The south facing branch of the sycamore tree across the road from my suburban home has turned from green to yellow, showing autumn is finally here. The warm days of the past few weeks have brought both respite and a lengthening to the late growing season, but it is good to be reminded the wheel of the year is turning and change will follow soon.
September always fills me with panic. Have I grown enough? Has the harvest been enough? Have I foraged everything I need. Enough is such a strange concept. How many people do I need to treat? How many people will I need to feed over winter?
In previous years I could plan and estimate but these strange times make things more uncertain. Winter is coming and all I want to do is find my sheltered place, line my nest and hibernate for the duration. I know it won’t be possible but I can hope.
October is the time of roots and seeds, preferably gathered after the first frost, whenever that is. My ashwagandha plants are still vibrantly green. They were so late germinating and then growing back in July that they have hardly put out their flowers and the seed pods are still green. I will wait to see if any of them turn to orange in the next few weeks. Otherwise everything will be dug and dried or tinctured. There is no rush.
What I did find whilst I was pulling up the dead broad and climbing beans was a hidden last harvest of nettle seed. I remember finding some last seeds this time of year in local parks in the first year I gathered. I’d forgotten the time of gathering was quite so long.
Reading through foraging posts on social media, it seems everyone has finally discovered nettles make more than leaves for soup and fibre for fishing lines. The seeds carry a rich nutritive density. As with any medicinal plant, you do need to harvest and consume with caution.
The fresh seeds when eaten can send some people “high”. The American herbalist, Kiva Rose Hardin first pointed out that if you have a “dry” constitution then nettle seed will dry you out further. She lives in New Mexico, so she is very conscious of moisture and the lack of it. Another issue we have discovered is that if you have misused “recreational drugs” somewhere in your past, nettle seed will cause you difficulties.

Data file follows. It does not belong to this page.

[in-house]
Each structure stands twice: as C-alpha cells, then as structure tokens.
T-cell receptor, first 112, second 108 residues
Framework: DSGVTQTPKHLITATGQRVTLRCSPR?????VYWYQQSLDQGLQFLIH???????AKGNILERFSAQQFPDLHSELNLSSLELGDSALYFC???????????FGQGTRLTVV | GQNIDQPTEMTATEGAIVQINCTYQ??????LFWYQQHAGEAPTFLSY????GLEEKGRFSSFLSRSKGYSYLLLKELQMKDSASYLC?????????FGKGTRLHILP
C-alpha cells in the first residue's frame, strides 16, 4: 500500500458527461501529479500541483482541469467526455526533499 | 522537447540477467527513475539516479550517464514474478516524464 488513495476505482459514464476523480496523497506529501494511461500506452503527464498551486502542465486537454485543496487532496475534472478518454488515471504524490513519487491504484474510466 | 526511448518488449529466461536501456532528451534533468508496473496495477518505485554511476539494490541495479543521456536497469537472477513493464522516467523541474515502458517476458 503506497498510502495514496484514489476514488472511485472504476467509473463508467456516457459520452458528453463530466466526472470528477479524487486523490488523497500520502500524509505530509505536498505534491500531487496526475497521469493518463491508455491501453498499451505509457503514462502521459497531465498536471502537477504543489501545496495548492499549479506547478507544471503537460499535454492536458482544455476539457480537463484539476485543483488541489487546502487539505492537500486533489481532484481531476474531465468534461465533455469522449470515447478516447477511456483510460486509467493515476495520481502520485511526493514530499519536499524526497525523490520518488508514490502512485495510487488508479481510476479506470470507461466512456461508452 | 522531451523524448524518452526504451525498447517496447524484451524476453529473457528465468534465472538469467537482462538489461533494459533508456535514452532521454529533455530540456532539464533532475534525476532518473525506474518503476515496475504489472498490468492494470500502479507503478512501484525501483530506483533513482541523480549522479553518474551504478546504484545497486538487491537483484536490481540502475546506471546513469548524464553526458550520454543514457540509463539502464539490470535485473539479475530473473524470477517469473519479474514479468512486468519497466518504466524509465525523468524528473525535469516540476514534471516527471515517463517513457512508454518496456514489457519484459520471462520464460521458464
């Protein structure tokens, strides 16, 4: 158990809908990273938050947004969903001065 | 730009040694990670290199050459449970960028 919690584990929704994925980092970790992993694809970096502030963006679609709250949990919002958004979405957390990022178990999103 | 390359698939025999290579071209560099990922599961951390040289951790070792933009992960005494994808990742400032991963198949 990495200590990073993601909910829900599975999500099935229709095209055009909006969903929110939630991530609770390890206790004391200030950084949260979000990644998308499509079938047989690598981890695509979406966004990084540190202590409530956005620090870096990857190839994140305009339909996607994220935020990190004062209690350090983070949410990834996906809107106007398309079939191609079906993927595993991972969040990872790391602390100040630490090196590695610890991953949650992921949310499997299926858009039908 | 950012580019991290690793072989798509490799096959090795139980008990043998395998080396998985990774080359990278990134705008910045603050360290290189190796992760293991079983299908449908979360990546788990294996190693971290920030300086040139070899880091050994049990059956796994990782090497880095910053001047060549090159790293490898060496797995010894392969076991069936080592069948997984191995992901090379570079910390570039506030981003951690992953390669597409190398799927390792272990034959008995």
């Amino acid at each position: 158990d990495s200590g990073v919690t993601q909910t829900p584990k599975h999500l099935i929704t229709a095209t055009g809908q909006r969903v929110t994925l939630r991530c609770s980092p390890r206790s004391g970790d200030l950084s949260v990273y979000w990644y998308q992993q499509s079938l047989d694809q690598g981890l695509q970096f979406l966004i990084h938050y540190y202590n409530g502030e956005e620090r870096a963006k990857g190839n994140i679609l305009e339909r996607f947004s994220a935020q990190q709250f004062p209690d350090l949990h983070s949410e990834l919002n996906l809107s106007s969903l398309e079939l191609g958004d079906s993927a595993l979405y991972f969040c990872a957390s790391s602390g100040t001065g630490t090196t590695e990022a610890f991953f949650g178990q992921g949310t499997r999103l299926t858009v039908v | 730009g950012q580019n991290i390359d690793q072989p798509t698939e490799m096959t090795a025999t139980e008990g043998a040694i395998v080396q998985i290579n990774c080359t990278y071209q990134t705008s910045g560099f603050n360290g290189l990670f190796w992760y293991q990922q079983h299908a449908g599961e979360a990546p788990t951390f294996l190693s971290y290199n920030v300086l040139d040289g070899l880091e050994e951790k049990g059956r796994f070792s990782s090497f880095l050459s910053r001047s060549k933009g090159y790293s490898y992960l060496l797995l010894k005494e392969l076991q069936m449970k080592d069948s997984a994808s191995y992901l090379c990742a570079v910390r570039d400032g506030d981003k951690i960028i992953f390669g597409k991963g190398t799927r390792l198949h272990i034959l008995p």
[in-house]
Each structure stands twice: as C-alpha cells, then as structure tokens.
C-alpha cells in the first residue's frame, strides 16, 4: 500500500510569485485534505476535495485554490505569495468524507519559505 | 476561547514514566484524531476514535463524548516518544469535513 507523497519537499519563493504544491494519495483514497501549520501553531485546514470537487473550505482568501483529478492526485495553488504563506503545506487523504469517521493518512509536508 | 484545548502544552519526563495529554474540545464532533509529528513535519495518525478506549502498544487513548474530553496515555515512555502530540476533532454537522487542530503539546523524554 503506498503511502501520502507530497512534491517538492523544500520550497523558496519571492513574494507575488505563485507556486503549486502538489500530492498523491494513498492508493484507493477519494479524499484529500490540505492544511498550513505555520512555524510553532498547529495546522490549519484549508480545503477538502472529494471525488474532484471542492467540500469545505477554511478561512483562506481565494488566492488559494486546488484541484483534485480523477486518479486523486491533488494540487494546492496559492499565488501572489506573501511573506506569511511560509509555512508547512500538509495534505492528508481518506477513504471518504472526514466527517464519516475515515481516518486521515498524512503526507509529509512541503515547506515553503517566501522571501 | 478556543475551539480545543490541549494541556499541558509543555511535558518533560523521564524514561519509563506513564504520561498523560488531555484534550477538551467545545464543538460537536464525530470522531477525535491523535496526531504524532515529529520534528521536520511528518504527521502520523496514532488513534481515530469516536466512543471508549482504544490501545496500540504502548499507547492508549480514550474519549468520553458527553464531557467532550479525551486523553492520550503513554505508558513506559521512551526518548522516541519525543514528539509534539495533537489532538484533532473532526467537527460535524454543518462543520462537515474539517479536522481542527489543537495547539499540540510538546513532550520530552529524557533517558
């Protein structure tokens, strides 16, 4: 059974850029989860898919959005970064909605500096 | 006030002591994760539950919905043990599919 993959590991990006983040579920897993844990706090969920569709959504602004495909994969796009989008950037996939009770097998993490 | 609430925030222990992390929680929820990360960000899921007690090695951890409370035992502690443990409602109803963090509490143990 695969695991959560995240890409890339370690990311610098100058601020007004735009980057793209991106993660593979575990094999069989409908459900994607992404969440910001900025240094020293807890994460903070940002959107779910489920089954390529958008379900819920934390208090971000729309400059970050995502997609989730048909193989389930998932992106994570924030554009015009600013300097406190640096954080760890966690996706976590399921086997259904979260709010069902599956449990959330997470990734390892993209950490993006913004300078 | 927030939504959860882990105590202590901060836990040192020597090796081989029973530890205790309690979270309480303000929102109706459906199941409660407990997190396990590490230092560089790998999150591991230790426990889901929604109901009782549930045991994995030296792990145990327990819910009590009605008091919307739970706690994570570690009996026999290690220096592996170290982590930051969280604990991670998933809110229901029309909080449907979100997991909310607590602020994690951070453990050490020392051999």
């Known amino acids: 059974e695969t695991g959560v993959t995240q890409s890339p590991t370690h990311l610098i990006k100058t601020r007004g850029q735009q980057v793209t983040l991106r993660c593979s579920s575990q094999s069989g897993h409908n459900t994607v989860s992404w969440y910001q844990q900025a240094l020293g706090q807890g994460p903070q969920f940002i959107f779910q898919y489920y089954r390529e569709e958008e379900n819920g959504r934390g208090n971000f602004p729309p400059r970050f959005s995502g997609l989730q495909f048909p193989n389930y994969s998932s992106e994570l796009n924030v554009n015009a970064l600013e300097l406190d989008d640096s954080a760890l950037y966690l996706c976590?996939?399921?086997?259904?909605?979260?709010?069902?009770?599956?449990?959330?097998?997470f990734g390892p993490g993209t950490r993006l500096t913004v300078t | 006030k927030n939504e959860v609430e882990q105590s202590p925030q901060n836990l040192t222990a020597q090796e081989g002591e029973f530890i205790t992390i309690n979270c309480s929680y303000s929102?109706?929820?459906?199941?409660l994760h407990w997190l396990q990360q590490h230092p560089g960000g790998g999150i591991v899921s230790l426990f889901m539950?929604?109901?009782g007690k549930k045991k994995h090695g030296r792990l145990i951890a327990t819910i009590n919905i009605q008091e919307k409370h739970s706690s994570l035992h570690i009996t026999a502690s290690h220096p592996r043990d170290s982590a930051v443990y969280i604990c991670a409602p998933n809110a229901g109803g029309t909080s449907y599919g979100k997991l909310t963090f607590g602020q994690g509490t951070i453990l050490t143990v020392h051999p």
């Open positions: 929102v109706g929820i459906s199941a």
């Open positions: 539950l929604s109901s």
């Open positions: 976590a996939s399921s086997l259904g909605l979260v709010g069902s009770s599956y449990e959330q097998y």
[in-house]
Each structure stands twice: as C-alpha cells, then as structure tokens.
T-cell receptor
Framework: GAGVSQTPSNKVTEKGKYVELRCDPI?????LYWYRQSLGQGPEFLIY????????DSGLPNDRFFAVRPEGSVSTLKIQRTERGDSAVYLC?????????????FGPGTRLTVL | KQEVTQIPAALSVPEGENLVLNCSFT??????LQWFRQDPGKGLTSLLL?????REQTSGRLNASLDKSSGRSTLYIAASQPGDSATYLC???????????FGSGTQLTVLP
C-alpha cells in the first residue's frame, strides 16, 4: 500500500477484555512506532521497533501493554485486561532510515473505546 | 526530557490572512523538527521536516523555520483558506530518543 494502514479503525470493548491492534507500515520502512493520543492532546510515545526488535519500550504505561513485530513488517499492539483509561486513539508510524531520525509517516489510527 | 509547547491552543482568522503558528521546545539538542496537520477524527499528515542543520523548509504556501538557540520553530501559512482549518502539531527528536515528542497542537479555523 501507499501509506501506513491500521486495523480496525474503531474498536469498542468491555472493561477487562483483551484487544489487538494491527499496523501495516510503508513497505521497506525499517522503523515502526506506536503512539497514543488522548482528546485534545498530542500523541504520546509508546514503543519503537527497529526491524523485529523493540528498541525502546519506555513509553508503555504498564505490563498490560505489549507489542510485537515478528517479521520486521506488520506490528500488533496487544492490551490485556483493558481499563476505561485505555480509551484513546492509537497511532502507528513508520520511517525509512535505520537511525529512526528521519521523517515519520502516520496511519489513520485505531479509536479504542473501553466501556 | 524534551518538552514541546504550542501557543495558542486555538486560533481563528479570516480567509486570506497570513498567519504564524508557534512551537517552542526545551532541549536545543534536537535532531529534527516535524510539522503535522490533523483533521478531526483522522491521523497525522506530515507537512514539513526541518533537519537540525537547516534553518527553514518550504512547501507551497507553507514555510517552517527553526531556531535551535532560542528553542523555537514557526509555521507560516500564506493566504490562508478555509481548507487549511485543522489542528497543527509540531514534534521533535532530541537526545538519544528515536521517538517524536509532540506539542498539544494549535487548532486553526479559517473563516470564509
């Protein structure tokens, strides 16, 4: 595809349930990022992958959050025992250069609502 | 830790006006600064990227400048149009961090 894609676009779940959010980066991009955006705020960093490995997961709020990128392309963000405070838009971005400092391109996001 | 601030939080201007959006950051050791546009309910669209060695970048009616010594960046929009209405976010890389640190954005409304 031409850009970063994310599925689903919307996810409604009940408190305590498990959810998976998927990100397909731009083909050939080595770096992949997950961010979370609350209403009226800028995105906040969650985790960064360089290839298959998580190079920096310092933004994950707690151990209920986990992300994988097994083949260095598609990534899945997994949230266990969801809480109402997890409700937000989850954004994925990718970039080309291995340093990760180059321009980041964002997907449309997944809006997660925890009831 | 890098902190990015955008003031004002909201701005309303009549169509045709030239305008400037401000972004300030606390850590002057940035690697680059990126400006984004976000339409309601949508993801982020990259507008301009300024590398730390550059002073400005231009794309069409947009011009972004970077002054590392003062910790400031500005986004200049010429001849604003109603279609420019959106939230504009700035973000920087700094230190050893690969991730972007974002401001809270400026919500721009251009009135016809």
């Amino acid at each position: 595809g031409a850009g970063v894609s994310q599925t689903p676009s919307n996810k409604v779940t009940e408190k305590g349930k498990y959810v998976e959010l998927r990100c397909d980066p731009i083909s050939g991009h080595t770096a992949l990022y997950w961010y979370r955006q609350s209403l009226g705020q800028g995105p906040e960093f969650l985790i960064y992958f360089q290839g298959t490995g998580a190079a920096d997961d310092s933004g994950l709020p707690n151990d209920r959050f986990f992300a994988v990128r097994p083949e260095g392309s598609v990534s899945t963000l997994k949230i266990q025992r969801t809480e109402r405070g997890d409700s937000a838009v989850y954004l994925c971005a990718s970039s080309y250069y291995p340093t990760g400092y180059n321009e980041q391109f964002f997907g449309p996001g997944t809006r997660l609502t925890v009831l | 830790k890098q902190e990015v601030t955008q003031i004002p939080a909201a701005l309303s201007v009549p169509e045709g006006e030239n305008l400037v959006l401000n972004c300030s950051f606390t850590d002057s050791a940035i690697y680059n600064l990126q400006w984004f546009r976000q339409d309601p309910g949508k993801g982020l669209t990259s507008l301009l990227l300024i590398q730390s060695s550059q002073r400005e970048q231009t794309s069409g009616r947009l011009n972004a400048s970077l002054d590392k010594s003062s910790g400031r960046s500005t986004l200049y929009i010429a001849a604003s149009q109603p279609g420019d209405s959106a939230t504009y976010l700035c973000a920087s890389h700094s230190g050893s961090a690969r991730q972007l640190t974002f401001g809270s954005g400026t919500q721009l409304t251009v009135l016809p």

We tincture fresh nettle seed to support kidney failure, as first highlighted by David Winston. It is especially helpful in dealing with kidney pain when you haven’t drunk enough fluid. The dry seeds support exhausted adrenal glands. The usual dose is one teaspoonful taken in yoghurt or porridge or as a seed topping to salads.
We usually recommend they are consumed for at least three months or until the “patient” can’t stand the taste of them anymore. I have one friend with an incredibly stressful job who is still happily consuming her nettle seed two years after they were first given to her.
Dried nettle seeds can also be an aid to reducing dietary salt. They can be ground with salt crystals in a ratio of two: one to produce a useful condiment. If you want something a little hotter, add chilli flakes to the mix.
It worried me when nettle seeds at the farm were turning black and dropping off back in July, thinking I had not found enough for fresh seed tincture. The following month I found another stand of vibrant green, enough to put up nearly 5 litres of tincture. After our herb festival in September, huge nettle plants now covering all the Sanctuary like rampant triffids, dangled their seeds so seductively I was forced to pick them, even though I was there to harvest my damson tree and time, as always, was very short.
I did manage to pick my usual five pounds of damsons and these are now sitting on my jam shelves ready to eat. The quince harvest is very sparse but luckily my friend has a tree and shares her largesse with me. Two bottles of spiced quince gin and three of vodka are now infusing in the larder until Christmas and twenty small jars of quince jelly were made over two days this week.
Now, there are more nettle seeds from the garden drying in a paper bag over the kitchen radiator. I should have added another batch from underneath our hawthorn tree but I was too tired and now it is raining.
What I did pick was an orange flourish of calendula, waving from underneath the runner beans. I’ve lamented the lack of a dedicated calendula bed for the past two years, but collecting a few flowers here and there, self-seeded in the vegetable beds have given me a few to dry for anti-viral tea and enough to turn into oil for skin salves when next needed. There was even a rogue chamomile plant this year, providing enough to fill a tiny jar for emergency use in the future.
This gentle week at home has given me the time to decant this summer’s St John’s wort oil. Only two jars this years, but still plenty in the larder from previous summers. The dried vervain, yarrow and sage have also been poured into glass jars, labelled and put away. The vervain will be mixed with chamomile and lemon balm for IDGAS tea, yarrow for colds and conditions which require an anti-inflammatory and sage for mouth/tooth infections.
There are still bags of St Johns wort flowers, plantain leaves, red clover blossoms and other mysteries to emerge from the “hot cupboard” and put away but not today. I still have tomorrow.